Roh Moo-Hyun: Artistic Responsibility
I like many of you have long-term projects. I am working on a series of illustrations about South Korean leaders. I just finished the colors on Roh Moo-Hyun, a former South Korean president. He is one of the few South Korean presidents that I actually liked.
Of course, it doesn’t really matter if I like any politician or not. This is particularly true of South Korean politicians because I am not a South Korean. In my last post, I wrote about racial fetishizing in art. I do think this is a problem. Related to that topic, I wanted to talk about white fragility just a little bit.
White fragility has a massive background that is worth unpacking. I’ve been thinking about the subject and how it relates to white dudes like me. I came across an interesting quote in Alexandra Tsuneta’s February 19 post “Why Are White Men So Fragile?” that discusses some of the problems she faces when writing about whiteness. She writes, “I have never read an article that I disagreed with and felt the need to threaten somebody’s life and then subsequently troll all of the rest of their articles. Never in my life have I been as bothered as white men on the internet.” Basically, she doesn’t troll like triggered white dudes troll. I’ve noticed this in several articles about whiteness and race. These guys are simply over-sensitive about being white.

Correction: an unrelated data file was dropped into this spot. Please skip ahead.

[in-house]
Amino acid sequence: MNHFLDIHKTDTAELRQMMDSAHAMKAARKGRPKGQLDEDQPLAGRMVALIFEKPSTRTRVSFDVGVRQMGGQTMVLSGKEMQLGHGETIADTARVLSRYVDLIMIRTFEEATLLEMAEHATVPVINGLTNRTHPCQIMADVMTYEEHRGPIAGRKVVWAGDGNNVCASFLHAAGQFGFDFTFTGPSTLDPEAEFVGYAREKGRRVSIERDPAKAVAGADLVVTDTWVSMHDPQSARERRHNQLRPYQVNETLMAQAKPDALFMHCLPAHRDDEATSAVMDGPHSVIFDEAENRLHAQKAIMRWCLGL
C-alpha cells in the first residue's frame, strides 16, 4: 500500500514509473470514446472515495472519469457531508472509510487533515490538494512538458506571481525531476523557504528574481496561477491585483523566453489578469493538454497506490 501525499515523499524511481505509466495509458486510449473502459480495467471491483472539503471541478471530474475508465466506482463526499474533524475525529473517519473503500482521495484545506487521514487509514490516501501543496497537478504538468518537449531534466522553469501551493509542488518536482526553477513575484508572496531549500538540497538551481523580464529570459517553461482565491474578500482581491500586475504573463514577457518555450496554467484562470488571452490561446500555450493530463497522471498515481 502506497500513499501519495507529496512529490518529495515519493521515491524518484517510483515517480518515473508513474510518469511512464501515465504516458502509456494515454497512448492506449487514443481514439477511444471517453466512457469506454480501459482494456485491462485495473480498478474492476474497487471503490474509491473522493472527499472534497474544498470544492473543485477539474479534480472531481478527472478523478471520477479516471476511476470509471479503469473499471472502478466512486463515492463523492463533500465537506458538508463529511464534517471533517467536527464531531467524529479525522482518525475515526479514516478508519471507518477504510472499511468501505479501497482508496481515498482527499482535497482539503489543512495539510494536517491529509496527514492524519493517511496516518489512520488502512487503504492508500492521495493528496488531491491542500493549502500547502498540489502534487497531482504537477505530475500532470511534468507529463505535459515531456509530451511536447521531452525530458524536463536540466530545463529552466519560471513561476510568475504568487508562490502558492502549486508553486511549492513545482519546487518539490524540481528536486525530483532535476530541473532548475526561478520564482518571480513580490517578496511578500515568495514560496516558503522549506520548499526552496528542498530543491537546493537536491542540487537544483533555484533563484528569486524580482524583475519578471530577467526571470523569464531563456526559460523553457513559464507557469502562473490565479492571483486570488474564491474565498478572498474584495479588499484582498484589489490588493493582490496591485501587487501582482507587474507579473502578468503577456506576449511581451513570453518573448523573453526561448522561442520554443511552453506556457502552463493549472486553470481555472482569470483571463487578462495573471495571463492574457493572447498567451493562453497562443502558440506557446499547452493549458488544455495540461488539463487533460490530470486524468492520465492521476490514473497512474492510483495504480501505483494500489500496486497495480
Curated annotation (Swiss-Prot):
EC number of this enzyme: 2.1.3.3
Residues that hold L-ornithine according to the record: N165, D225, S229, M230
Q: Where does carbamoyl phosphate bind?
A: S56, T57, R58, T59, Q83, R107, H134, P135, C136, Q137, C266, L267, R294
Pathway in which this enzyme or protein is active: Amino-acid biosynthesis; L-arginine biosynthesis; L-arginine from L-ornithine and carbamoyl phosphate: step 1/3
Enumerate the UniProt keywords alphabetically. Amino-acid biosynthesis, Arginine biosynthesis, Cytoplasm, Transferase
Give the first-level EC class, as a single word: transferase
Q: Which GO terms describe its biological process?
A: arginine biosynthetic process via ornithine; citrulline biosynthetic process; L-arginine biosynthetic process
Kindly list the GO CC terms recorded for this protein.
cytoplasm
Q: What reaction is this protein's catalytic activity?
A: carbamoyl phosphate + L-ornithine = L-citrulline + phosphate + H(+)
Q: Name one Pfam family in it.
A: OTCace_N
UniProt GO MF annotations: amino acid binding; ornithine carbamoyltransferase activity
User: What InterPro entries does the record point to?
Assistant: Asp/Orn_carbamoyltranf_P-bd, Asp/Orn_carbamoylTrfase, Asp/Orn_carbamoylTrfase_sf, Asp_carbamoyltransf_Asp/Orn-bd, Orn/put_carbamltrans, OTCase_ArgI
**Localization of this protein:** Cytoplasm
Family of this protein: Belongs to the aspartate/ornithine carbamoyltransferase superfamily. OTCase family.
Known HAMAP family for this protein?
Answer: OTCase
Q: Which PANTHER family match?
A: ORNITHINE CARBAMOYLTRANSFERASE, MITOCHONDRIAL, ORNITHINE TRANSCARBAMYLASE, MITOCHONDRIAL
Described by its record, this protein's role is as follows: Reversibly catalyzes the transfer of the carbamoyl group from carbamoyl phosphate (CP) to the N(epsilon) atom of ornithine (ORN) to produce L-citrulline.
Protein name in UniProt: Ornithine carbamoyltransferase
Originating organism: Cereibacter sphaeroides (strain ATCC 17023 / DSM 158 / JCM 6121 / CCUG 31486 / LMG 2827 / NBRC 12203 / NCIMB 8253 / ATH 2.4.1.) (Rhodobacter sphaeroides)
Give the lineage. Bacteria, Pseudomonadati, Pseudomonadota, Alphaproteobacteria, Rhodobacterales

So, I’m white. And I’ve portraited hundreds of people, most of which are my fellow white dudes, but I am not doing this now. In this project, I am portraiting Asian people, and one of the problems with doing this is my motives. Am I performing a massive troll? I don’t think so, but I do have to be sensitive to the reasons I am doing what I am doing. The first step is to be aware and to be suspicious of my own motivations. Being white means I have gotten a free pass, and obviously, this can’t happen any longer.
Racially fetishizing and racial trolling are problems I think political cartoonists and artists have to watch out for. Mostly, we have to take responsibility for our own work and our own biases. The keyword is responsibility. I am responsible for my own work and how I plan them.